A stroke of genius
John Lyndgate once said, “You can please some of the people all of the time, you can please all of the people some of the time, but you can’t please all of the people all of the time.” Seishu Handa, a prodigy calligrapher at the startling young age of twenty-three, has apparently never heard of Lyndgate. So when he suddenly falls from grace, he falls hard—and by hard, I mean punching a respected curator in the face after he criticizes his most recent work as something you’d expect to see in a textbook. Then he flings his show at the guy for good measure. Rather than getting invited to be the next Super Smash Bros. character, Handa gets shipped off to the Goto Islands (near Kyushu) to cool his head and focus on his work. But adapting to the rural life just makes his anxieties worse! In particular, a little girl named Naru Kotoishi keeps breaking into his house so she can play with him. Needless to say, Handa doesn’t take things well. But is there any room in Handa’s mind for improvement?
Barakamon—the summer 2014 adaptation of the manga of the same name—is actually an ironic title for this anime. It literally translates as “easygoing guy,” but its protagonist is anything but; ironically, he’s one of the best parts of the show as he slowly matures as bother a person and an artist during his time on the island. When we first meet Handa, he’s neurotic almost to the point of parody, and his struggles are shown in a way that will speak to anyone who’s ever questioned just “how good” they are at something and how much the reputation mattered. The change of setting to the island is significant, because without all the trappings of the big city, he’s free to develop his previously traditional and straightforward works and find who he is and what drives his passion (and I say this as someone who knows squat about calligraphy). And what better way to find out what drives you than by hanging out with little kids?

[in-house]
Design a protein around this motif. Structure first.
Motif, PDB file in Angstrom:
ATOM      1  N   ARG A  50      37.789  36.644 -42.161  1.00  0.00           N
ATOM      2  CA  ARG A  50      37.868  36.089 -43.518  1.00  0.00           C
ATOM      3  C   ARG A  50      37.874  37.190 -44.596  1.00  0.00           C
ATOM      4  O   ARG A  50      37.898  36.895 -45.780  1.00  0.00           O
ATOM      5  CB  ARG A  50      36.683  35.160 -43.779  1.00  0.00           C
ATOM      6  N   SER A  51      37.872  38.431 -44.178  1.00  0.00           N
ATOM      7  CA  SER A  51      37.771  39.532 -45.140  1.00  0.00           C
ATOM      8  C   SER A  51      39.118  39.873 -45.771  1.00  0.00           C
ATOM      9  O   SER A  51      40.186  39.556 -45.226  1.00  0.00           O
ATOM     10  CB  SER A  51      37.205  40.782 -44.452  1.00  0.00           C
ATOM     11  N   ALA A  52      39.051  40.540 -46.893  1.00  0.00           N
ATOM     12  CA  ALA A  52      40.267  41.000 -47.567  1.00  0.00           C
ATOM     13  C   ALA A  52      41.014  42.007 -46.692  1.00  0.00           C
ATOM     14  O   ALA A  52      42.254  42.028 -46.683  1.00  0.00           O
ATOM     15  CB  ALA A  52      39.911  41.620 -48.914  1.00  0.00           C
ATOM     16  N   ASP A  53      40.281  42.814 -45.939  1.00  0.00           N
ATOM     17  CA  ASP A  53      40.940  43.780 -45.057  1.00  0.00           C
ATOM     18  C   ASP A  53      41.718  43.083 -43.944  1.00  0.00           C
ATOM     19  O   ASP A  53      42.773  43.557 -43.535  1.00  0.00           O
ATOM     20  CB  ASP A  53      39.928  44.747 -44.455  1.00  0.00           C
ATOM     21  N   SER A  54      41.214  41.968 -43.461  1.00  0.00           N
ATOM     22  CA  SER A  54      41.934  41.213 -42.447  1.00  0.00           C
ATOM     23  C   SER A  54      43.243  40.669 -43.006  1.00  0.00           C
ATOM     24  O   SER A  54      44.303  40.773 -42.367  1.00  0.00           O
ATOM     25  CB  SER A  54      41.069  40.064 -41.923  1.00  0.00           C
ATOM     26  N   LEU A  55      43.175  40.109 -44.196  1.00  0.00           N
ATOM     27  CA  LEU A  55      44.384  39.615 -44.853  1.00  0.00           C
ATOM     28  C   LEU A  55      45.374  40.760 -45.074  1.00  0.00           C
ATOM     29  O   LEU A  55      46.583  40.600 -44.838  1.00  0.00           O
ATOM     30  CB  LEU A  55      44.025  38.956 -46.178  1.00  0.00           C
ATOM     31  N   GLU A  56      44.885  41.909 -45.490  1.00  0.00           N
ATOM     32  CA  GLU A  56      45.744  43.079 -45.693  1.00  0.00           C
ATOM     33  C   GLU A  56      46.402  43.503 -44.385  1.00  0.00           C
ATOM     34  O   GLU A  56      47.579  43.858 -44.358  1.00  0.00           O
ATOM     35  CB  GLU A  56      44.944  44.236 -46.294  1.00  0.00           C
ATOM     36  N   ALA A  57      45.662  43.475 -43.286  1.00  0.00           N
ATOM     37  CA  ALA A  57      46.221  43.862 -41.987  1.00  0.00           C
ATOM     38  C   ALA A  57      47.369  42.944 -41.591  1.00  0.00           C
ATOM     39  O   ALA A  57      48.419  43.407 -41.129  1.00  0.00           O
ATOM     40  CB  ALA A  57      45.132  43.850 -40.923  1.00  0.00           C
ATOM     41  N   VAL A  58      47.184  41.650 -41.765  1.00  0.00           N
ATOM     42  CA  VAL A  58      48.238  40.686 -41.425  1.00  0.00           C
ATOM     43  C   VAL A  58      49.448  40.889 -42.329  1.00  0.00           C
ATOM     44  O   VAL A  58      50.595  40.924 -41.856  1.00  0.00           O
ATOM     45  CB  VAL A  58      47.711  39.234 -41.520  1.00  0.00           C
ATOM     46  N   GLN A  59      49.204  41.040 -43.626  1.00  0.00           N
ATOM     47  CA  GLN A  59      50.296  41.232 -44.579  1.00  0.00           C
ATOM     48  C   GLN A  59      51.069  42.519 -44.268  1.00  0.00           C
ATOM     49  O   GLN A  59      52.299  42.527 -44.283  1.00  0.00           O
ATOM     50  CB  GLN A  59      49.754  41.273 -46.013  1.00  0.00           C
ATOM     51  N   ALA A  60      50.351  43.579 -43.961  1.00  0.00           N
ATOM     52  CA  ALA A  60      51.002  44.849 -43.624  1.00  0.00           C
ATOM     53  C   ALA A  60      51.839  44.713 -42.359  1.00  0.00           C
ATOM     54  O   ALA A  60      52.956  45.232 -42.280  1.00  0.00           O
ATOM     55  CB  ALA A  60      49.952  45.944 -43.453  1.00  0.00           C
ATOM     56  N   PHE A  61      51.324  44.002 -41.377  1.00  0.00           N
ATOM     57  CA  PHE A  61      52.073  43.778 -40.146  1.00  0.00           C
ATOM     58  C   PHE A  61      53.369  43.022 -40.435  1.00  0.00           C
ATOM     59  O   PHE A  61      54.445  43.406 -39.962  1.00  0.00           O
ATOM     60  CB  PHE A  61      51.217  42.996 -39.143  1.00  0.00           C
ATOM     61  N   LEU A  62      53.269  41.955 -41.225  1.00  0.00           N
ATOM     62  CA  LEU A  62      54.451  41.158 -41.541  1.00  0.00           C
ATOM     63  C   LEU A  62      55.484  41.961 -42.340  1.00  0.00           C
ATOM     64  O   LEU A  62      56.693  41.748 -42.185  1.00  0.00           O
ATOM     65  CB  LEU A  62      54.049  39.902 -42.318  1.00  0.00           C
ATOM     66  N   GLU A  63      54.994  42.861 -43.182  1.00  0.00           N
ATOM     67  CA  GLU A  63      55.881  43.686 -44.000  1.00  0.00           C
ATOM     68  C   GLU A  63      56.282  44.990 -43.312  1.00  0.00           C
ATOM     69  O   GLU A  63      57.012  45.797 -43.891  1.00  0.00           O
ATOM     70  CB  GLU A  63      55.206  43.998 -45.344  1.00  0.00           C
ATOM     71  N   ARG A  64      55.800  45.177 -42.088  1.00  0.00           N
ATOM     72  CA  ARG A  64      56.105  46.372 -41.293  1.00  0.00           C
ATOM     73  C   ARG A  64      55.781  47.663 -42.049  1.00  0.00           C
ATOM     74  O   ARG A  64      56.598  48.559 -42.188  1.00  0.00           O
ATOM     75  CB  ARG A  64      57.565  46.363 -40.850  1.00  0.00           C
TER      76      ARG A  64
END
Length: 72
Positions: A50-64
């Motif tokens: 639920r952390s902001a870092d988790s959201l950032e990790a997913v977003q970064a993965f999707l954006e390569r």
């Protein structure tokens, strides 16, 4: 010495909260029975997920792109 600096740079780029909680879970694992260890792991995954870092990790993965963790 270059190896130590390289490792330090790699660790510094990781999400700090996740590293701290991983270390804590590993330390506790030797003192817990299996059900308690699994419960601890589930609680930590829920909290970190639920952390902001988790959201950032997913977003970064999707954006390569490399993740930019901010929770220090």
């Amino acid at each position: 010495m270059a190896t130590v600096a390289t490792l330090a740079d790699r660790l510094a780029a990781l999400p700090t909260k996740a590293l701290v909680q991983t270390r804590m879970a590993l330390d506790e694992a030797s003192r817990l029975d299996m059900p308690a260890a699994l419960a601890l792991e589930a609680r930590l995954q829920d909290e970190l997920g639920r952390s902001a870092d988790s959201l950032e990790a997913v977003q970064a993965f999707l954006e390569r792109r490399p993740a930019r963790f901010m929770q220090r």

Naru herself is a rambunctious first grader—a free spirit never once tethered to the confines of the big city. She’s an engaging mixture of childhood monster energy and precocious wisdom that behaves much like an actual child. Helping this portrayal is the fact the Naru is voiced by an actual kid—Suzuko Hara, an actual child actor. Her interactions with Handa are the heart and soul of this anime; it’s like a relationship between a parent and a child but not exactly. She’s also a good representation of the kind of humor (which there is a lot of) Barakamon belts out: 1) never demonizing the city or the country, but instead deriving its jokes from the collision of the two lifestyles; and 2) pulling jokes from the characters themselves (e.g., Naru believing she’s more grown-up than she is because she can spell out words). By the way, the relationship between Handa and Naru breaks the child-fixing-an-adult’s-problems formula by simply not having any breathtaking discovery come about simply by way of her presence.
Really, Naru also serves as a great example at the lengths Barakamon goes to be as authentic as possible. It’s not just the children acting like actual children, it’s the fact that the series really delves into its environment: characters sans Handa use the actual Goto accent and dialect, and even the episode titles get listed in both the Goto dialect and the main translation. If that’s not capturing the voice of a region, I don’t know what is. Also capturing the region is the lovely visual direction from Kinema Citrus. While it’s nothing mindblowing, it fits the show well, and you really get the sense that you’re actually living in the countryside for a while.
Barakamon can ultimately be best described as slice of life at its best. It’s got great characters, Handa’s interactions with everyone, a heaping dose of laughs, and an actual story arc. Like a fine painting, all of these different elements work together like strokes of a brush to become something wonderful.